I brought the water close to a boil then immediately turned it down just below simmer and let it do its work for approximately 3 hours. The lavender produced enough hydrosol to fill an 8 ounce jar half-way. The next day when I repeated the process with rosemary, it seemed to yield about an ounce less than the lavender.
Now I have to decide whether I want to refrigerate the hydrosols or add about 20% alchohol (vodka or everclear) to keep them.
People have been debating about this topic for years – whether or not to charge for services such as reiki, healing touch therapy, psychic readings, etc. Forget debate, some people downright argue about it – passionately and loudly.
A Sense of Balance
Those who feel you should not charge usually say, “I would never charge someone for a sacred gift that was given to me. It is my duty to give it away!” This may be true for some people and I often wonder if they have some cosmic debt to repay. Other times, those who do not charge EVENTUALLY charge once they build up enough confidence in their services. In the beginning, some practitioners feel unworthy of receiving a fee.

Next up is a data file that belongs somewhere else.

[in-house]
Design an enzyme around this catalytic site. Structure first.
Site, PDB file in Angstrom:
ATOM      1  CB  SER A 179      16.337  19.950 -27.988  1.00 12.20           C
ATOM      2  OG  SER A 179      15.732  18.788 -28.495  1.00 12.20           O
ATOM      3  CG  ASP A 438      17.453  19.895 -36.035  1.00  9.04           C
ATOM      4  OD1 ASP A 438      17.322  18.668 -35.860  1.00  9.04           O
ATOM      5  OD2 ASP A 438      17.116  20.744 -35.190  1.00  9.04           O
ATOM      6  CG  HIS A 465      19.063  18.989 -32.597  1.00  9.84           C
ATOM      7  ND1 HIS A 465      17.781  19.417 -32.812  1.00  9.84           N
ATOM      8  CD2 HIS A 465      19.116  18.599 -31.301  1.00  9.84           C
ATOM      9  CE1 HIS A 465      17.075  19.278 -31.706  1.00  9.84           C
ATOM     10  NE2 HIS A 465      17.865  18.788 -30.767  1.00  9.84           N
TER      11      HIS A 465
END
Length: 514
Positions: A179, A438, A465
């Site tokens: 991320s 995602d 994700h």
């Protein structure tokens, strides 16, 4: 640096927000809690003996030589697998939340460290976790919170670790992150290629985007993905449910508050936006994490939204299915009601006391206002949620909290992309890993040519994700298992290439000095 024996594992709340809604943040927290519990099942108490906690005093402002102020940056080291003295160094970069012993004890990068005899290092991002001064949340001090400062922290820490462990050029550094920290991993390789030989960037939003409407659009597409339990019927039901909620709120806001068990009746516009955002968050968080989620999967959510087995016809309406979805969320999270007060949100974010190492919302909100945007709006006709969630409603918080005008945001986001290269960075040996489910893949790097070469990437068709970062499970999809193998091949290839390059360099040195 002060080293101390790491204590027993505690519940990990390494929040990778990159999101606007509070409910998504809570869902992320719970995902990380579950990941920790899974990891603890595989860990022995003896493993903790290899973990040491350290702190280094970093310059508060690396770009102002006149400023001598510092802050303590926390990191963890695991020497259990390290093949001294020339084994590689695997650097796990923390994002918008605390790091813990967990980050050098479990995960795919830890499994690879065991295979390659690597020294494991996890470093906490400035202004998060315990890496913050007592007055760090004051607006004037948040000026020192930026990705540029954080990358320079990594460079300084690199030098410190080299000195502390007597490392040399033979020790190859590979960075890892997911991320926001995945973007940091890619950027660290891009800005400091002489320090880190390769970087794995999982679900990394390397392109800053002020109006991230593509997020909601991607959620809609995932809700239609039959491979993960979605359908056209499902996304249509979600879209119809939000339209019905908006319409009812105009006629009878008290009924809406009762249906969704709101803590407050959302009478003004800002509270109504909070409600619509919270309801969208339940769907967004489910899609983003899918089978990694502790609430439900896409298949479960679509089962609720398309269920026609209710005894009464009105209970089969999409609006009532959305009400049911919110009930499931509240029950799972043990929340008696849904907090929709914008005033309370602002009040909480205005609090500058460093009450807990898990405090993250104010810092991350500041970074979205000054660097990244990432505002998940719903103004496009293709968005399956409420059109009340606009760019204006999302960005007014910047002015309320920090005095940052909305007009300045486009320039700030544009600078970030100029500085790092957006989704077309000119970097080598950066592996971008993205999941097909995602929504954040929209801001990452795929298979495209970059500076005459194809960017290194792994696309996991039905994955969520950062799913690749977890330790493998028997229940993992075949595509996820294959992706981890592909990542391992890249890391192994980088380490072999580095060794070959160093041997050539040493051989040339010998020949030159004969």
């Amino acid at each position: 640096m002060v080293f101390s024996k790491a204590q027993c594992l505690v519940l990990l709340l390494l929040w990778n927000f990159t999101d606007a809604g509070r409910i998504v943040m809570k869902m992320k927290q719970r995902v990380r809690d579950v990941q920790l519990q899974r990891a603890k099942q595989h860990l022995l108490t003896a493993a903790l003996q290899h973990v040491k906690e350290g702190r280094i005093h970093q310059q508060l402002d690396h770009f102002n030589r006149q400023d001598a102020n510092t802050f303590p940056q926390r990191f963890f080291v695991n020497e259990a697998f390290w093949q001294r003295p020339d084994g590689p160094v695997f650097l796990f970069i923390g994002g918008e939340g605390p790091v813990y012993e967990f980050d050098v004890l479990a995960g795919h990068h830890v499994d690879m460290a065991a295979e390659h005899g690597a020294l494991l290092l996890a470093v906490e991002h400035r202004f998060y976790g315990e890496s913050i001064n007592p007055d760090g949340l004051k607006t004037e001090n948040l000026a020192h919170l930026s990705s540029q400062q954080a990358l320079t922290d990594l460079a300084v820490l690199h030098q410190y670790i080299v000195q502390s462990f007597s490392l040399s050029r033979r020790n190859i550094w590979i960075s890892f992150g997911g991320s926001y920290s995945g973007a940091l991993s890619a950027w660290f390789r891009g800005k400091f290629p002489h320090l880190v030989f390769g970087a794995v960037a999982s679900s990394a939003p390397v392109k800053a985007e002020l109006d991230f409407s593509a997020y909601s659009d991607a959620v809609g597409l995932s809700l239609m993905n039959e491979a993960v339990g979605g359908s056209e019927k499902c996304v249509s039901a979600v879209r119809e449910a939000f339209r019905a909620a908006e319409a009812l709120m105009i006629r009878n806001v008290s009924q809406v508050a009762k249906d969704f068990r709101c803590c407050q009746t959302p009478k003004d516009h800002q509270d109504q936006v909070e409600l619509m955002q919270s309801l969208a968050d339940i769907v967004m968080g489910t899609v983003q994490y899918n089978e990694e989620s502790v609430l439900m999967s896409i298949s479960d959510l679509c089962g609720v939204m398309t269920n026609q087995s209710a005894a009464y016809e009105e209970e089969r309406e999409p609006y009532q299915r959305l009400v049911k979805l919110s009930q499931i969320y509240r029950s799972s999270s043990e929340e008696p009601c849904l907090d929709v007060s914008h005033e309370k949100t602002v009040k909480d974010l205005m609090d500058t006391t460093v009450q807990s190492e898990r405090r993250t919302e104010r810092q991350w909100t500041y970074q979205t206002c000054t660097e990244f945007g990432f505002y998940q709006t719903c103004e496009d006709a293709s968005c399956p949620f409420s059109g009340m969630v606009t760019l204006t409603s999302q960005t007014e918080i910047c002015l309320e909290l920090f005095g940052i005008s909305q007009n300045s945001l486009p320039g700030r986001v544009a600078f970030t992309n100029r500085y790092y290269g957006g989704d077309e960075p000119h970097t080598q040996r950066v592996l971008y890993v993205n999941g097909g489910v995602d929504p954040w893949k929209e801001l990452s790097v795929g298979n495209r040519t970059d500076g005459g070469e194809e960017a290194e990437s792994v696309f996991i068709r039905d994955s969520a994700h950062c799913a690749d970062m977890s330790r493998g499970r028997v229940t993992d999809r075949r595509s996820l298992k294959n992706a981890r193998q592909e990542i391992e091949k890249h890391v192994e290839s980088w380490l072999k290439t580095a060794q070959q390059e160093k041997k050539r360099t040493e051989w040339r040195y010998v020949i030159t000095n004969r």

I am of the other variety – the group that does charge for sessions. And I will tell you why I find it to be necessary.
Energetically, there is something going on with a take-only relationship. The receiver is beholden to the giver, cosmically speaking. While we don’t only do things with an expectation of something in return, neither should we expect to constantly give all of the time or receive all of the time without ever returning the favor. There must be some sort of energetic balance. In the long run, A healing session has more power behind it when the person receiving it doesn’t feel like they had been done a “favor”, something they must one day repay. Payment, whether it be in the form of currency or agreed upon bartering means that no favor ever has to be returned. Everyone is even.
Value and Intention